# OSTROWSKI`S THEOREM FOR Q(i) We will extend Ostrowki`s

## Transcription

OSTROWSKI`S THEOREM FOR Q(i) We will extend Ostrowki`s
```OSTROWSKI’S THEOREM FOR Q(i)
We will extend Ostrowki’s theorem from Q to the quadratic field Q(i). On Q, every nonarchimedean absolute value is equivalent to the p-adic absolute value for a unique prime
number p, and the archimedean absolute values are all equivalent to the usual absolute
value on Q. We will see a similar thing happens in Q(i): any non-archimedean absolute
value is associated to a prime in Z[i] (unique up to unit multiple) and
√ any archimedean
absolute value is equivalent to the complex absolute value |a + bi|∞ = a2 + b2 .
First we need some background about Z[i]. For α = a + bi in Z[i] (a, b ∈ Z), set the norm
of α to be
N(α) = a2 + b2 ,
which is a nonnegative integer. This norm is multiplicative (N(αβ) = N(α)N(β)) and it
gives a measure of the size of elements. For an integer a ∈ Z, its norm is its square:
N(a) = a2 . In particular, N(1) = 1.
Theorem 1. The units in Z[i] are 1, −1, i, and −i, namely the elements of norm 1.
Proof. Since 1 · 1 = 1, (−1)(−1) = 1, and i(−i) = 1, these four elements are all units in
Z[i]. Conversely, if u is a unit in Z[i] then uv = 1 for some v in Z[i]. Taking the norm of
both sides, N(u)N(v) = 1. This last equation is in the positive integers, so N(u) and N(v)
both must be 1. Writing u = a + bi, we have a2 + b2 = 1. The only solutions to this in
integers are (a, b) = (±1, 0) and (0, ±1), which yield the four numbers 1, −1, i, and −i. Like Z, there is a division theorem in Z[i]. To measure the size of a remainder under
division, we use the norm:
Theorem 2. For any α and β in Z[i] with β 6= 0, there are γ and ρ in Z[i] such that
α = βγ + ρ,
1
N(ρ) ≤ N(β) < N(β).
2
Proof. The norm on Z[i] is closely related to the absolute value on C: N(a + bi) = |a + bi|2∞ .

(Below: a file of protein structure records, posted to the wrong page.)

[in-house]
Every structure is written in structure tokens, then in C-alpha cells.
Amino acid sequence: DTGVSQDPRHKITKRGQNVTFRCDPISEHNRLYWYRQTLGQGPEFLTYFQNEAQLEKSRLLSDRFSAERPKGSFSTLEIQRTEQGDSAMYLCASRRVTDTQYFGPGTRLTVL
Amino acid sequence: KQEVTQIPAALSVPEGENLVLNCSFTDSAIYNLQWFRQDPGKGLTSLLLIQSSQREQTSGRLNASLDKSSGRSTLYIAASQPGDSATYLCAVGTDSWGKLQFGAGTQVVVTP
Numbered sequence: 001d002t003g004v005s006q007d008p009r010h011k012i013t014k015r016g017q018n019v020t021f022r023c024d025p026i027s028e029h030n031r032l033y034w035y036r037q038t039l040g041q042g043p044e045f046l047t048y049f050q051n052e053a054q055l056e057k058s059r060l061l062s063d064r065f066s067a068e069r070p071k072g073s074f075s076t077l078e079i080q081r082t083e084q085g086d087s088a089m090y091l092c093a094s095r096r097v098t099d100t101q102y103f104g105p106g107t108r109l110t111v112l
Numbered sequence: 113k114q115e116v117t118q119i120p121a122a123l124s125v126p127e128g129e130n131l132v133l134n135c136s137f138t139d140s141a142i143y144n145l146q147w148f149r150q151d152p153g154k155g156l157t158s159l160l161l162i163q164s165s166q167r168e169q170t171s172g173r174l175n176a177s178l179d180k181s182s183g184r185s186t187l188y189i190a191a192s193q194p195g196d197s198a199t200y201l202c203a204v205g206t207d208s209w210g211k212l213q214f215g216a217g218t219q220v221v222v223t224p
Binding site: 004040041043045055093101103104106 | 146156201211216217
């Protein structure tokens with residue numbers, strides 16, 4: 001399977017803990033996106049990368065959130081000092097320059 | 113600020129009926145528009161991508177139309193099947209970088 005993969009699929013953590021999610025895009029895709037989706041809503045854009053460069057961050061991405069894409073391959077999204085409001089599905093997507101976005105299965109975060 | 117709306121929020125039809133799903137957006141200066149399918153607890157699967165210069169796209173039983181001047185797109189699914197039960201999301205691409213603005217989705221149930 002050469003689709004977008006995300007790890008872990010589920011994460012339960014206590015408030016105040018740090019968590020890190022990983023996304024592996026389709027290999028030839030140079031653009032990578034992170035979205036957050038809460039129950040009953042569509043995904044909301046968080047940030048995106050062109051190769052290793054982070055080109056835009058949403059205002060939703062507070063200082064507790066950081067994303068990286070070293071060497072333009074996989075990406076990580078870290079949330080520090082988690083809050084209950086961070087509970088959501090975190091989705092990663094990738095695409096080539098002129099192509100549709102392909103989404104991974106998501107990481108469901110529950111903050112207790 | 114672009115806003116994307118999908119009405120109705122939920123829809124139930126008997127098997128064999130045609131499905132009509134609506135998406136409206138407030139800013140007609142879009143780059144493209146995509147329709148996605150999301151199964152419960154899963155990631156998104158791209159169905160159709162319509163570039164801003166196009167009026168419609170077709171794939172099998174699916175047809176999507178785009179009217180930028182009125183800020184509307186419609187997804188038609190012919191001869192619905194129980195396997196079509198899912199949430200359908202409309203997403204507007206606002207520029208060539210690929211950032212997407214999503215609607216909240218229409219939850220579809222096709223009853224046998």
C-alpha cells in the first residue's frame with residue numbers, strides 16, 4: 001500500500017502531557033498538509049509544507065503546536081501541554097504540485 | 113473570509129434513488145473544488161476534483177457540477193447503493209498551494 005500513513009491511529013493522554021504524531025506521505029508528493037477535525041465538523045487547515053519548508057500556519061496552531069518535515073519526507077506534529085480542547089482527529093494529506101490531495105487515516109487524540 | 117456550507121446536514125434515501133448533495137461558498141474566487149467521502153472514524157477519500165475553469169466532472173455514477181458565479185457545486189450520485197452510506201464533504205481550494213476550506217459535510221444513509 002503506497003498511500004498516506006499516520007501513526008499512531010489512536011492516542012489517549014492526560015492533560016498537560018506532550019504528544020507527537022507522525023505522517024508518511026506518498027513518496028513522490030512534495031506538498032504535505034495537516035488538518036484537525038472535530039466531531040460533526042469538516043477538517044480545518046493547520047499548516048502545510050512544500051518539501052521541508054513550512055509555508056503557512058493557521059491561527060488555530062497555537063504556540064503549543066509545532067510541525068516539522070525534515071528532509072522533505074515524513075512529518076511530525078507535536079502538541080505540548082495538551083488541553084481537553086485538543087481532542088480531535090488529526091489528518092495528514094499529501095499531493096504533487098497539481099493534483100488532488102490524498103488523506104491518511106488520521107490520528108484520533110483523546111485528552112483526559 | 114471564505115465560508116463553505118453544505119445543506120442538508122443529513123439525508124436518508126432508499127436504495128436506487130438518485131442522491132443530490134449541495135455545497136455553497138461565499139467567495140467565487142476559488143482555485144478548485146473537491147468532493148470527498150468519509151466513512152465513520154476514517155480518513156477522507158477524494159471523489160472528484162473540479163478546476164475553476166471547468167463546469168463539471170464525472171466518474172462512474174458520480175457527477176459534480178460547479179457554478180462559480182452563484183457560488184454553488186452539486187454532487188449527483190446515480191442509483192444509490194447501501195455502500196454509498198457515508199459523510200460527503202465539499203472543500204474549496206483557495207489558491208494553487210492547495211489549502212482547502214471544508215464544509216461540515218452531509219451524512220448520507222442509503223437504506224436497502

The absolute value on C is our way of measuring distances in C, and we will take advantage
of this.
√
In C, the furthest a complex number can be from an element of Z[i]
is
1/
2, since the
√
center points of 1 × 1 squares with vertices in Z[i] are at distance 1/ 2 from the vertices.
Now consider the ratio α/β as a complex number and place it in a 1 × 1 square having
vertices in Z[i]. √
Let γ ∈ Z[i] be the vertex of that square which is √
nearest to α/β, so
|α/β − γ|∞ ≤ 1/ 2. Multiplying through by |β|∞ , |α − βγ|∞ ≤ (1/ 2)|β|∞ . Squaring
both sides and recalling that the squared complex absolute value on Z[i] is the norm, we
obtain
1
N(α − βγ) ≤ N(β).
2
Now set ρ = α − βγ.
1
2
Remark 3. Unlike in Z, the quotient and remainder in Z[i] are not unique. For example,
take α = 37 + 2i and β = 11 + 2i. You can check that
α = β · 3 + (4 − 4i),
α = β(3 − i) + (2 + 7i).
Here both remainders have norm less than N(β) = 125 (in fact, less than 125/2). Our
proof of Theorem 2 explains geometrically why the quotient and remainder in Z[i] are not
unique: α/β is closer to two vertices in the 1 × 1 square containing it than the length of a
(half-)diagonal of the square.
This lack of uniqueness in the quotient and remainder is not a big deal, since the the main
consequences of the division theorem, such as Euclid’s algorithm and unique factorization,
don’t actually use the uniqueness. The main thing is just having the remainder smaller (by
some measure) than the divisor, and that’s what Theorem 2 gives us.
Corollary 4. The ring Z[i] has unique factorization, and in fact is a principal ideal domain.
Proof. Any domain having a division theorem is a PID and a UFD, by the same proof as
in Z.
Now that we have unique factorization, we are ready to introduce the analogue of p-adic
valuations for Q(i). This will use primes in Z[i]. Here are some examples of primes:
1 + i, 3, 1 + 2i, 1 − 2i, 7, 11, 2 + 3i, 2 − 3i.
Notice 2 and 5 are not here, because they are not prime in Z[i]: 2 = (1 + i)(1 − i) and
5 = (1 + 2i)(1 − 2i).
For any prime π in Z[i], we can define a π-adic valuation in the same way as the p-adic
valuation on Q: for nonzero x ∈ Q(i), write x as a ratio of elements in Z[i] and pull out
the largest power of π from the numerator and denominator:
α
x = πn
β
where α, β ∈ Z[i] and π does not divide α or β. Then we set
ordπ (x) = n
and call n the π-adic valuation of x. At x = 0, we set ordπ (0) = ∞.
Example 5. Let α = 19 + 83i. What are ord1+i (α), ord3 (α), and ord1+2i (α)? We divide
α by 1 + i, 3, and 2 + 3i until we can go no further, and see how many times we are able
to divide.
Since α/(1+i) = (19+83i)/(1+i) = 51+32i and (51+32i)/(1+i) = 83/2−19/2i 6∈ Z[i],
the largest power of 1 + i in α is the first power: α = (1 + i)(51 + 32i) and 1 + i doesn’t
divide 51 + 32i. Therefore ord1+i (α) = 1.
Since α/3 6∈ Z[i], 3 doesn’t divide α at all, so ord3 (α) = 0.
If we divide α by 1 + 2i, this can be done three times and we find α = (1 + 2i)3 (−3 − 7i),
where 1 + 2i doesn’t divide −3 − 7i (their ratio is not in Z[i]). Therefore ord1+2i (α) = 3.
As with the p-adic valuation ordp on Q, you can check using unique factorization in Z[i]
that for any prime π in Z[i] and x and y in Q(i)